Retailers say that if the SB 553 of State Senator Dave Cortese becomes law, California will soon be leading in shoplifting. The bill has just been passed by the state Senate, and will now be sent to the Assembly.
California Retailers Association Chief Rachel Michelin described this bill as harshly intended to curb workplace violence. It says that no employee is allowed to approach someone who’s shoplifting. Even if they have been trained in how to stop someone from shoplifting, they are not allowed to approach anyone. What does that mean?”
She said, “We’re opening the door for people to steal from stores and then walk out.”
Cortese is a Democrat who says, “We do not want to force rank-and-file workers to put themselves in danger.” Michelin, however, claims that employers don’t do this.
SB 553 is to me a way of virtue signaling that California has now turned a blind eye to shoplifting. It’s clear that criminals will interpret it in this way.
The San Francisco Standard is also abuzz with excitement over the opening date of the new Ikea downtown. Signs of life are visible at the site. This could indicate that Ikea is committed to opening the Market Street store in this year. The store sign, which is bright yellow and blue, has been posted and illuminated, and the shelves are ready to be stocked.
San Francisco shoppers may want to ask not when the new Ikea is opening, but rather how long it will be before the corporate shut down the store.
Downtown San Francisco is home to some of the most expensive real estate in the entire world. However, empty office buildings and rampant shoplifting have led big-name retailers from the area to leave. After just one year, a massive Whole Foods store closed its doors in April. Employees had to call the police on average 10 times per week. The company has decided to not renew the leases at Market Street and the Westfield Mall. Two Nordstrom stores in the city will close their doors this summer. Saks Off Fifth, H&M, and Uniqlo are closing. Walgreens closed several stores in the city.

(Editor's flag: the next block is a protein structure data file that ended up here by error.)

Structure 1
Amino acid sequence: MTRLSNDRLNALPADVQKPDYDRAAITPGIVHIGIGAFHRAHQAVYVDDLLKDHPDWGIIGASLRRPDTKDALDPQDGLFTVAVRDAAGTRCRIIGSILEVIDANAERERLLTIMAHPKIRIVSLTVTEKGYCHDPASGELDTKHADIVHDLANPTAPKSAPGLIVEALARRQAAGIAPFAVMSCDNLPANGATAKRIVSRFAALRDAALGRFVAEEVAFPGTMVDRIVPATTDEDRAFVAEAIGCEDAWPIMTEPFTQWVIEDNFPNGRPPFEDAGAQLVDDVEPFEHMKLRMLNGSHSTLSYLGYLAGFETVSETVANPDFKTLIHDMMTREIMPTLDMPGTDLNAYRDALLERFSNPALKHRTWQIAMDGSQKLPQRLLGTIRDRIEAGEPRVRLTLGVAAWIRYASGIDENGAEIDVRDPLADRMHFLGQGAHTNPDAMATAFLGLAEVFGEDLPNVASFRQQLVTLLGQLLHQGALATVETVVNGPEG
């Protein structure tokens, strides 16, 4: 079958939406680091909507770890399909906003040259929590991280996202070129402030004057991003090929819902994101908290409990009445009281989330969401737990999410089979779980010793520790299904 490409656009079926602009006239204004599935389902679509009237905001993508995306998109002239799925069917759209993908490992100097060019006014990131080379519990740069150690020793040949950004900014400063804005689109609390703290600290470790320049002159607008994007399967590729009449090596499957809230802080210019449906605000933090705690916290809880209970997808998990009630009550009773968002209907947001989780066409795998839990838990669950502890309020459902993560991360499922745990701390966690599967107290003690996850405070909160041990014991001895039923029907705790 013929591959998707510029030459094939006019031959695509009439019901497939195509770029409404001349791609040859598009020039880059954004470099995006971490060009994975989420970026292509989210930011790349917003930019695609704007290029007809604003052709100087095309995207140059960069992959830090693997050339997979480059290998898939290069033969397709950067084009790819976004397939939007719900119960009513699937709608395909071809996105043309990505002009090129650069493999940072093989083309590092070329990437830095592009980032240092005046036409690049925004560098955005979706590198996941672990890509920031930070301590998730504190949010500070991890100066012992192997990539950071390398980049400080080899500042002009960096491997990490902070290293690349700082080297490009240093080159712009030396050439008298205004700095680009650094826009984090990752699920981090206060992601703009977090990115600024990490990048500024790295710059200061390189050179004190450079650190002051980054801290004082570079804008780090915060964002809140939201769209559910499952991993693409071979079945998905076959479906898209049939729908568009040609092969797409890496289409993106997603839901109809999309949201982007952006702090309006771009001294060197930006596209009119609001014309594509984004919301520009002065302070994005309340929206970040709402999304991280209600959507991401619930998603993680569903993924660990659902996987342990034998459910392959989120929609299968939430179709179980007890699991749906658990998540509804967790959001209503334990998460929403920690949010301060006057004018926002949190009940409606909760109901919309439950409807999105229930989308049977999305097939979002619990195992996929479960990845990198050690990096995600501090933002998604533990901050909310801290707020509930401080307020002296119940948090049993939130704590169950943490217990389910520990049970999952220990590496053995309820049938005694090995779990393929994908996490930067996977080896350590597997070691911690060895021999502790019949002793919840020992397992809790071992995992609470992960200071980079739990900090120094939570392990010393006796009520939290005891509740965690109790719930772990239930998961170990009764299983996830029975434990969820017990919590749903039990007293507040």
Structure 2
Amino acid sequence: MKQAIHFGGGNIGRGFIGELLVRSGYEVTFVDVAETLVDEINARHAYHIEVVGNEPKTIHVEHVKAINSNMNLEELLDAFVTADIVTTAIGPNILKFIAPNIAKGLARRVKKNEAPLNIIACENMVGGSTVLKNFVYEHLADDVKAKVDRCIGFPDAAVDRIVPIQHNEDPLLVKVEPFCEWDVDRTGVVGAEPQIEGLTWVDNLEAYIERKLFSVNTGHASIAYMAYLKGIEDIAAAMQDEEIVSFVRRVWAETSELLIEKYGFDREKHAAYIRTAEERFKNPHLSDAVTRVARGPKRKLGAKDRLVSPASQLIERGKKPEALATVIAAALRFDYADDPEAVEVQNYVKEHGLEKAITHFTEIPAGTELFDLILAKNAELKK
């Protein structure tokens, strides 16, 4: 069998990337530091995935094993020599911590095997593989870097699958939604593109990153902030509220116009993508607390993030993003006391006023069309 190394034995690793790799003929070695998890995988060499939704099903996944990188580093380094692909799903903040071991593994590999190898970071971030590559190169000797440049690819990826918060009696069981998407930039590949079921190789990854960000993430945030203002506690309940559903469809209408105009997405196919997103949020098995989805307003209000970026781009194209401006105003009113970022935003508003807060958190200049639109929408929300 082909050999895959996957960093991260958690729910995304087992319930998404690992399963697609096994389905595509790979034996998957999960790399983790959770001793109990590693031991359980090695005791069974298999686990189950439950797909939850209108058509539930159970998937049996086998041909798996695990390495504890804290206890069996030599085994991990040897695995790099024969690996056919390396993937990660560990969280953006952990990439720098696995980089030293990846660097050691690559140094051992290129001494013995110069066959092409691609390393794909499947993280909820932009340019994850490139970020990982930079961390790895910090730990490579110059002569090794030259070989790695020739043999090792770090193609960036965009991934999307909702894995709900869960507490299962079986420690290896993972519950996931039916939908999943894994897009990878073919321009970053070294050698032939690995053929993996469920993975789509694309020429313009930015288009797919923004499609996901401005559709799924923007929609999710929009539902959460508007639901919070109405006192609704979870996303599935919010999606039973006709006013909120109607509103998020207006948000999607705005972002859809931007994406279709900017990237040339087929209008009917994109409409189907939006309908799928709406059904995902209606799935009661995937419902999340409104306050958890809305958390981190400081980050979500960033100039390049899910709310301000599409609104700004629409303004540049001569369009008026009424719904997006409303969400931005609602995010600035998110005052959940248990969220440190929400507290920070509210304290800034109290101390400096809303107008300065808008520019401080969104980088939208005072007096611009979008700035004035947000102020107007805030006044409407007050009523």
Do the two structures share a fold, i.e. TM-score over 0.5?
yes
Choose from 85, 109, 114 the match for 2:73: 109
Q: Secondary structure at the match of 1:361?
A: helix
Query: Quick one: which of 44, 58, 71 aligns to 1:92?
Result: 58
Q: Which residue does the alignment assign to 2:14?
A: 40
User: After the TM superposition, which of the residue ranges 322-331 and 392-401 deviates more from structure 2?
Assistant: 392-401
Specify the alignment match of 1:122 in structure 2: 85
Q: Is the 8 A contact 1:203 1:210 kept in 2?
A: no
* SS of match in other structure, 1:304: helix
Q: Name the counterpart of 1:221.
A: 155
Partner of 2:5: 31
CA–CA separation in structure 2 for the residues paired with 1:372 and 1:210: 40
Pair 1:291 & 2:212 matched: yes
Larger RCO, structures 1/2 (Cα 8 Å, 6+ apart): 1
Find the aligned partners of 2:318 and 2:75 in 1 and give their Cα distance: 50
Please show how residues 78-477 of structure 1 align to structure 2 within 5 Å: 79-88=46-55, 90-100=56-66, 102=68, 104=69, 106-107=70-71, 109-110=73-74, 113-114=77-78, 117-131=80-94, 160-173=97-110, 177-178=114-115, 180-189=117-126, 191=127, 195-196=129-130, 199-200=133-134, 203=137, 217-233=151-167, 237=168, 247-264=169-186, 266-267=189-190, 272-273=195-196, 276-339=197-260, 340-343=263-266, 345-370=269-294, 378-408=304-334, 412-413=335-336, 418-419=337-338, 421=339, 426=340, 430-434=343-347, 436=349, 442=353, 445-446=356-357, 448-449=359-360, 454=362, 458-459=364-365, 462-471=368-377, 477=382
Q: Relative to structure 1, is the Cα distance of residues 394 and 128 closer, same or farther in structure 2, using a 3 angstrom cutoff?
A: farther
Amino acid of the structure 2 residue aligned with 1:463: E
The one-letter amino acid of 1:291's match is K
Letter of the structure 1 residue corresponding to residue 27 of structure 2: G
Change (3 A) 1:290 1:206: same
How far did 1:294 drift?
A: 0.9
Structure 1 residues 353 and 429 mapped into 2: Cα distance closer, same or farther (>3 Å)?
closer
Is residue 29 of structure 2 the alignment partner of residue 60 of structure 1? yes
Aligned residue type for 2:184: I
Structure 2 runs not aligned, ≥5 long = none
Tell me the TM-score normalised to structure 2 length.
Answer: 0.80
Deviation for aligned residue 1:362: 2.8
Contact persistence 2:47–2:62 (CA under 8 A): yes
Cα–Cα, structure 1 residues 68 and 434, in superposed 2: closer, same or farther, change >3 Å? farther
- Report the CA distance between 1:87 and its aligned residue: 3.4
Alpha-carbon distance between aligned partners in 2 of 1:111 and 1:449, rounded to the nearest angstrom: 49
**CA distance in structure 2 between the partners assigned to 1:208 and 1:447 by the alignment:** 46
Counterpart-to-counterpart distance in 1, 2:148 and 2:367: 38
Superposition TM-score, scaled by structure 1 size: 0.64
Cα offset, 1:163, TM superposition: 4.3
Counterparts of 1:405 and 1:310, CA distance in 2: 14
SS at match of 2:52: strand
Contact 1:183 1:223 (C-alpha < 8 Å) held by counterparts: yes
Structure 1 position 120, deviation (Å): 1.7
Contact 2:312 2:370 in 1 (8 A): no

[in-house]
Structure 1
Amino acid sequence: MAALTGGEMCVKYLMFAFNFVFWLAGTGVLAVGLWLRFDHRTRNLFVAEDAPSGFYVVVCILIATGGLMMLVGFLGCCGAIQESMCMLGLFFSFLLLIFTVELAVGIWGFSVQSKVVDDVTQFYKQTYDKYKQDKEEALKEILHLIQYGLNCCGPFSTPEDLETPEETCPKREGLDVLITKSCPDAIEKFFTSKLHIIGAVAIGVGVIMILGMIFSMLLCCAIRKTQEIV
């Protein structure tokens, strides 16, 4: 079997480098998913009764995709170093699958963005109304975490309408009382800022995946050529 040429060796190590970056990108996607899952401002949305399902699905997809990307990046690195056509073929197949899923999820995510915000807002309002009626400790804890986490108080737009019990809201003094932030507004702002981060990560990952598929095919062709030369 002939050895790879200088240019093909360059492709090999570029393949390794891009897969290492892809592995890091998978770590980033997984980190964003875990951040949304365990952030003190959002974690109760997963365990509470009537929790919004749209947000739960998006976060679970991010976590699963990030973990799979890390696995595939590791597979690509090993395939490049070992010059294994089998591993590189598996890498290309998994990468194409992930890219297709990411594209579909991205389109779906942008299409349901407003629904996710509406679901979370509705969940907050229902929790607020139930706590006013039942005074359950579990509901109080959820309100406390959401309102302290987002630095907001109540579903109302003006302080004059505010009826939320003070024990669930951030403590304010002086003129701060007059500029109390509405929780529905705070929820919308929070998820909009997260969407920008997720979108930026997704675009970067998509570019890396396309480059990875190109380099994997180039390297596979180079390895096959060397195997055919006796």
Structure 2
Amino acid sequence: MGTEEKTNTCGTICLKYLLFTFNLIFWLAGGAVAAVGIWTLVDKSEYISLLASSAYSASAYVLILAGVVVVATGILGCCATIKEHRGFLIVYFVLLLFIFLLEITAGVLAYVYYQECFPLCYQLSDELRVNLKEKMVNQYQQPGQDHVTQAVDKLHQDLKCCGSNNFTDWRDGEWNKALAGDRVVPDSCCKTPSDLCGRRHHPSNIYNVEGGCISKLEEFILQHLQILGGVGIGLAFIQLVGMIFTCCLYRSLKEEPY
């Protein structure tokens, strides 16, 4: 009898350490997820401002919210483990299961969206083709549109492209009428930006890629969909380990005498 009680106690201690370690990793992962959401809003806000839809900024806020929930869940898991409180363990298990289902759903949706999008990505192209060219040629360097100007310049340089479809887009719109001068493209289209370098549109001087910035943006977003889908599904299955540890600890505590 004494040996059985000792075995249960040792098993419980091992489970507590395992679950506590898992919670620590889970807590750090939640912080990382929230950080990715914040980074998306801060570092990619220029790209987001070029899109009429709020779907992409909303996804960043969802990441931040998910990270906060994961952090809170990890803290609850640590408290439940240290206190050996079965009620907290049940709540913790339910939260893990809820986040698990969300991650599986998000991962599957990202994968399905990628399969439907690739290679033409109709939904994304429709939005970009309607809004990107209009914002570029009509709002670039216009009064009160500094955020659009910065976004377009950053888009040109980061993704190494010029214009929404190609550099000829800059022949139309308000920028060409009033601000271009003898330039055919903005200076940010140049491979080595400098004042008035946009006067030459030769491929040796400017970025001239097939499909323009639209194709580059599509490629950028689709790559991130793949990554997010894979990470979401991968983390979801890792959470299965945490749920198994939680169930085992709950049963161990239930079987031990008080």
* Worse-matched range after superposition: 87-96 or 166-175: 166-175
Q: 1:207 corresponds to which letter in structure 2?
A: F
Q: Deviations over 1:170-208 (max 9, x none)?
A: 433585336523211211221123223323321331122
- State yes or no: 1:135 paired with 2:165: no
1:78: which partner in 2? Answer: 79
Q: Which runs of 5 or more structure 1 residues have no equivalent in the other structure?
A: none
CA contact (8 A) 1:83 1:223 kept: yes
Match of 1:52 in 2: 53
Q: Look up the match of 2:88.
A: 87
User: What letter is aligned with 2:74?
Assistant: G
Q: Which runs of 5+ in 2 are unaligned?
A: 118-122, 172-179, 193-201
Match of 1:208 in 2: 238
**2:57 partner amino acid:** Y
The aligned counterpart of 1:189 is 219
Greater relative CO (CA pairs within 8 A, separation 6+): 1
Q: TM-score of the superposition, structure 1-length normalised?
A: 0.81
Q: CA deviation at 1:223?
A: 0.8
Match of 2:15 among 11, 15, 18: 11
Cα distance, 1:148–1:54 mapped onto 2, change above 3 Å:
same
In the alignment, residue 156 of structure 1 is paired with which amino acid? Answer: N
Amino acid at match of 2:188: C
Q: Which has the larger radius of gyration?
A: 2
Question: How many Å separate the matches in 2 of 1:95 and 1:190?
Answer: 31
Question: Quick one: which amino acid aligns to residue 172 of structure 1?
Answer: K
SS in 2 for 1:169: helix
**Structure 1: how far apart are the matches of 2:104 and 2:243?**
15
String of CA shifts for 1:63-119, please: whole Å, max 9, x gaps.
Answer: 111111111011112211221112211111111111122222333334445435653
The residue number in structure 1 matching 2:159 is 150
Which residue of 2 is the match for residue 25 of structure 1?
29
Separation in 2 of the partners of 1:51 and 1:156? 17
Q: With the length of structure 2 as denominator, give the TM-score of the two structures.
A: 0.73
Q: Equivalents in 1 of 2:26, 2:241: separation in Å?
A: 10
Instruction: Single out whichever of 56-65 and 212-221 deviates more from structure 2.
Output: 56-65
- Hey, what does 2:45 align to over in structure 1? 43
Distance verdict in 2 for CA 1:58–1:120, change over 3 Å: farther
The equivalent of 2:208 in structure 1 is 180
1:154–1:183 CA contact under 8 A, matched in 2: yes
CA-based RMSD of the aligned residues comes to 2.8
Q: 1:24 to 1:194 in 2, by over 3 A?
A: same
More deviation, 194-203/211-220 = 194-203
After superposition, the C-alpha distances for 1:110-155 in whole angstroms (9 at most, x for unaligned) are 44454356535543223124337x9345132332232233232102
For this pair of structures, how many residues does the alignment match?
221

Just in San Francisco in the past few months, there’s been a lot of activity.
Democrats often portray their lenient stance towards shoplifting as reasonable: “You wouldn’t prosecute a starving man for taking a loaf of bread, would you?”
In San Francisco, the majority of shoplifting occurs by organized theft rings working out of Oakland, a neighboring city. The criminals know that the police will not do anything because of the inaction of the district attorney. If Senate Bill 553 is passed by the Assembly, and Gov. Gavin Newsom will not allow even the security staff at stores to act.
The high-end retailers are expected to continue to leave, while the remaining grocery stores and convenience shops will move quickly to a Soviet retailing model. Customers won’t be allowed to pass a heavily guarded cash register. A clerk will retrieve the goods after they have paid and pass them through an opening in a cage-like enclosure.
Remember when people from the suburbs and rural areas used to travel to the city to shop?
Good times are fading quickly.